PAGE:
Here are two scents I don’t want in my wine glass: window cleaner and vinegar. Why these two scents? Well, it’s a long story.
Over many years of writing about wine, I have composed a lot of wine tasting notes. Many are in a collection of dog-eared and notebooks on a shelf in my office, and hundreds of others are in computer files that I can easily reference years later. And then, well, I still find some of them scribbled on scraps of paper that have been lost in old briefcases and satchels, and I shudder to think how many I forgot in shirt pockets only to find them transformed into confetti by my washing machine. I continue scribbling notes about wine because I find the act of writing down my impressions helps me to focus better on what I liked and didn’t like about a specific wine. For me, the process of writing is an integral part of the process of tasting.
I write these notes primarily for myself, and many of them are later shared in articles and blog posts. Thus, a wine note has a dual purpose: to provide some memory triggers for myself and to convey a sense of “being there” for others. What happens when “being there” leaves you wondering, “being where?” I do look back on some of my notes and realize it could have been clearer, or my references could have been more precise, but how precise do we really need to be?
At the moment of tasting, it may be enough to think “I like this wine” or, “I don’t care for this,” but it does help to leave a clue or two about why it is so satisfying or unpleasant. How specific do we need to be? I wondered this after reading a tasting note in Wine Enthusiast magazine about Borsci Elisir San Marzano Liquore, an amaro, a bitter liqueur usually consumed as a digestive after the meal. I was intrigued since this elisir (elixir) is a bitter from San Marzano, home to what are generally considered the greatest tomatoes in Italy, the tomatoes that, must by law, be used in the classic pizza Napoletana. Did this spirit have tomatoes in it? Apparently not, but the review in Wine Enthusiast left me in a daze, wondering if the writer intended for me to avoid this product altogether, or if the taster was so enraptured that, in an effort to be crystal clear, determined to drill down to the molecular level of flavor and aromatics. Whatever the reason, I have to say this note did not make me want to share this amaro. Instead, it left me wondering how the writer even knew what most of these things smelled like. Here is the note:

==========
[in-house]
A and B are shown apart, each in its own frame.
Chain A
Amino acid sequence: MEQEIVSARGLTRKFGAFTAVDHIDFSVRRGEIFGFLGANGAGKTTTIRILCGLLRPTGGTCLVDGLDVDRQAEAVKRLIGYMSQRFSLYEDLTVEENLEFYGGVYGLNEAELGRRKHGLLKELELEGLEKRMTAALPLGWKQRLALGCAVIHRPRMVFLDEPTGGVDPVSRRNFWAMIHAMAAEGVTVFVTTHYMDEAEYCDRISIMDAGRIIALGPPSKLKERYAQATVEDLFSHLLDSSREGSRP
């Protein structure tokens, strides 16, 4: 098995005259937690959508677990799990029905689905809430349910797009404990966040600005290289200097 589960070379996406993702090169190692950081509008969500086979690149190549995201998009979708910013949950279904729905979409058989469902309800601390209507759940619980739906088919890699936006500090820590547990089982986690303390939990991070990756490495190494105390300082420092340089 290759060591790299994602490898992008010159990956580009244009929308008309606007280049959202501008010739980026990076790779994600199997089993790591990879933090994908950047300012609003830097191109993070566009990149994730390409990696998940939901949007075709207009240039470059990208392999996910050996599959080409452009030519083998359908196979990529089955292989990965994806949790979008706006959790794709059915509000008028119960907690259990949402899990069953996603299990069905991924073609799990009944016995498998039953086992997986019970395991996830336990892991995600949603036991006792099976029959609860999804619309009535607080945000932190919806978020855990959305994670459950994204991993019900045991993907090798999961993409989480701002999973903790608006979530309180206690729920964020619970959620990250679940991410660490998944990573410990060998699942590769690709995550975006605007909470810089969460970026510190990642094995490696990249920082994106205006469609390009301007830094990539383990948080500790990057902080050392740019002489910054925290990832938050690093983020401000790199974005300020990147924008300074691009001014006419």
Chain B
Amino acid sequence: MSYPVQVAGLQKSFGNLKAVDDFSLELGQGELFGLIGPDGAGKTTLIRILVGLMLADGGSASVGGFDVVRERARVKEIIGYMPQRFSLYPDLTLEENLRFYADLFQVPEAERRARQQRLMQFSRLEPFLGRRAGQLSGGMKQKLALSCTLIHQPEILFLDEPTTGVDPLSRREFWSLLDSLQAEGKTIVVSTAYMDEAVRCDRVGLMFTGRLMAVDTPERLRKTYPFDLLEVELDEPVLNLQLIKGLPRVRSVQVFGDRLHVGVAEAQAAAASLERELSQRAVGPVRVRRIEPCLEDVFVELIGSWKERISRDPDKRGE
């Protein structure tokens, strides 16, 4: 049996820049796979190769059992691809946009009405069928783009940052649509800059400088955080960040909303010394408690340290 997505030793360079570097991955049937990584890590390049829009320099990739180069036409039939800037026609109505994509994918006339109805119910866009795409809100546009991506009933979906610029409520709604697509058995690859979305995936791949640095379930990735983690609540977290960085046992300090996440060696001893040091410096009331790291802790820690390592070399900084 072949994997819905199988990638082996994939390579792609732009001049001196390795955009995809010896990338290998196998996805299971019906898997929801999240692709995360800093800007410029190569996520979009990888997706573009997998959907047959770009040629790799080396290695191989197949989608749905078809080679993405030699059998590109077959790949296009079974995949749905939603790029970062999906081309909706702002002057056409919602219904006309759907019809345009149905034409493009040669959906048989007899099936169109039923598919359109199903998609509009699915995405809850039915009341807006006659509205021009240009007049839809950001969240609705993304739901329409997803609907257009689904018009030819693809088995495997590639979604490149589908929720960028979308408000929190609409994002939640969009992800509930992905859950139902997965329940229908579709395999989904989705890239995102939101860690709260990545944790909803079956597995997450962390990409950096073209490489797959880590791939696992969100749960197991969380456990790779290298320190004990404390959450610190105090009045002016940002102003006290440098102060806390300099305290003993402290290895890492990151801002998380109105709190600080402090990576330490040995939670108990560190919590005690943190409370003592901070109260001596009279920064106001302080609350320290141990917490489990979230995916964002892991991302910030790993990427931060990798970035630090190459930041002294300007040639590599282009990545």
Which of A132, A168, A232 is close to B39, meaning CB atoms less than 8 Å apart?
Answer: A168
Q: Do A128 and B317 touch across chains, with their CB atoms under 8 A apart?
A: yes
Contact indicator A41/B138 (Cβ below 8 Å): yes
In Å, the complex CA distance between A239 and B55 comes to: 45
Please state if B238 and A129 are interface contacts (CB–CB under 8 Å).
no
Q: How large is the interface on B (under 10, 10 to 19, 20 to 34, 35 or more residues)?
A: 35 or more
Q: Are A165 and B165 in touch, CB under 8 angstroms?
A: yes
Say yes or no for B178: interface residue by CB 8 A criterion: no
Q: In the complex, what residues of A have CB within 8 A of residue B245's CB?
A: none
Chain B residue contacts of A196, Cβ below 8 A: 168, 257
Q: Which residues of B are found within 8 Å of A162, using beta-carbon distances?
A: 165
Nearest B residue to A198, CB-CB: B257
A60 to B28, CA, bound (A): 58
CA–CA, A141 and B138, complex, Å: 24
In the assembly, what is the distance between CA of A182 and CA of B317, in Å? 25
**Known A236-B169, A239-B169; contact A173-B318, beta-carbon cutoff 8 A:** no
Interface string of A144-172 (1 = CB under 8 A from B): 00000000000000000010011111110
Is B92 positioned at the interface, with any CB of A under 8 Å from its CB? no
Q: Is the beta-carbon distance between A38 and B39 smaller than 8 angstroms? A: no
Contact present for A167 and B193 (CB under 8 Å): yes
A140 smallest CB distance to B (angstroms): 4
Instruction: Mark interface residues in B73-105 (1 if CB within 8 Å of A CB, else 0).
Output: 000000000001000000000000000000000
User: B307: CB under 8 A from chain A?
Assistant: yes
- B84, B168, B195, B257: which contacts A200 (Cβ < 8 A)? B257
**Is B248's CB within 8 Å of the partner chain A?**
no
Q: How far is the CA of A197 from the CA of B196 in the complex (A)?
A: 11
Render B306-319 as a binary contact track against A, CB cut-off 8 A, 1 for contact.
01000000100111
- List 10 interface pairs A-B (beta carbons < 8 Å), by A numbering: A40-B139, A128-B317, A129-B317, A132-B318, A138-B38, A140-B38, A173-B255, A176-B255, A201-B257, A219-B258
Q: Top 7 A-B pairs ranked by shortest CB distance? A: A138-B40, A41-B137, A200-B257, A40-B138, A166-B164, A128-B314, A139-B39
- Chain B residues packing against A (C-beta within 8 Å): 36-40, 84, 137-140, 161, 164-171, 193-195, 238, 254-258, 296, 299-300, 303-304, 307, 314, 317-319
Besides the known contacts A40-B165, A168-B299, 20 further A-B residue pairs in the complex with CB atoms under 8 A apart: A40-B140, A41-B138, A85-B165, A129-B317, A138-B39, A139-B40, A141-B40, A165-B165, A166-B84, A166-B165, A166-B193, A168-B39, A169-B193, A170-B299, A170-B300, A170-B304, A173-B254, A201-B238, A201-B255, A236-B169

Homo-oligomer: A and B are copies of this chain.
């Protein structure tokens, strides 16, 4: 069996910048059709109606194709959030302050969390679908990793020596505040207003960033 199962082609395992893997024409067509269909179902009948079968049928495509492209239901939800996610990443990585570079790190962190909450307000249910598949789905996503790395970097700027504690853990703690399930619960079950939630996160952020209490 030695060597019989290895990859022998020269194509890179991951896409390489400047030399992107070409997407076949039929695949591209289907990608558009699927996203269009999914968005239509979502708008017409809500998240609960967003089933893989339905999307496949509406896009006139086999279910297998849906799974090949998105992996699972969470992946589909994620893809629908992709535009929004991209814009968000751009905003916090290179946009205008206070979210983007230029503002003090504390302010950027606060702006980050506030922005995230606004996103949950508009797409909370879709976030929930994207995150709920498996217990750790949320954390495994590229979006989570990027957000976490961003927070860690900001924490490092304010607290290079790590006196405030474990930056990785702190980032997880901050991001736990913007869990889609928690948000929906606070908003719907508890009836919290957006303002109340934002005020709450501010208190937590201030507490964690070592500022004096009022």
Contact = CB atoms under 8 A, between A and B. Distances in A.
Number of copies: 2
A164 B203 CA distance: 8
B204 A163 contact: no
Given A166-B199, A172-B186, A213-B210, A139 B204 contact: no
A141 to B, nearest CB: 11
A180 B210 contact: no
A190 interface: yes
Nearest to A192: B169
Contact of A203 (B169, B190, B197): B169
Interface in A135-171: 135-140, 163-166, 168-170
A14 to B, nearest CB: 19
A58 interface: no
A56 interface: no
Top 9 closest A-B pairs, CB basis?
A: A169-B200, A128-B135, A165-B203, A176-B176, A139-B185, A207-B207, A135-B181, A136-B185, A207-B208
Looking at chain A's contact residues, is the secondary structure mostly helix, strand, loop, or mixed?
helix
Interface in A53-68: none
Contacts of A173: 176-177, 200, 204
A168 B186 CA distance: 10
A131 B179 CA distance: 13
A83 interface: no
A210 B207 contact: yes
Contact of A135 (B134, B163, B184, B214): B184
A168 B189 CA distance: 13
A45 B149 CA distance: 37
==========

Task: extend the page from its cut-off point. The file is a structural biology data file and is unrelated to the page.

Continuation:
A digestif from Italy, that may (or may not) smell like vinegar and asphalt. [Photo: Borsci San Marzano]
“The nosing … [reveals] scents of rubber inner tube, burning paper, window cleaner, vinegar, asphalt and moss. Entry is delectably bittersweet, coffee bean-like, tar-like, even a touch cocoa-like; the moderately sweet mid-palate stage highlights cigar tobacco, cigar wrapper, prunes, figs and black raisins. Finishes pleasantly bittersweet, pruny/fruity and plump.” Generally, the smell of vinegar (to be chemically correct, the smell of acetic acid) is considered a bacterial fault in wine, and I can’t imagine window cleaner heralds anything appealing in this glass, either. Those are the two aromas that stopped me in my tracks (which I suppose means I found nothing alarming about asphalt and moss in my glass). There is an interesting lesson here for every wine drinker: make notes and be specific but let’s not get carried away!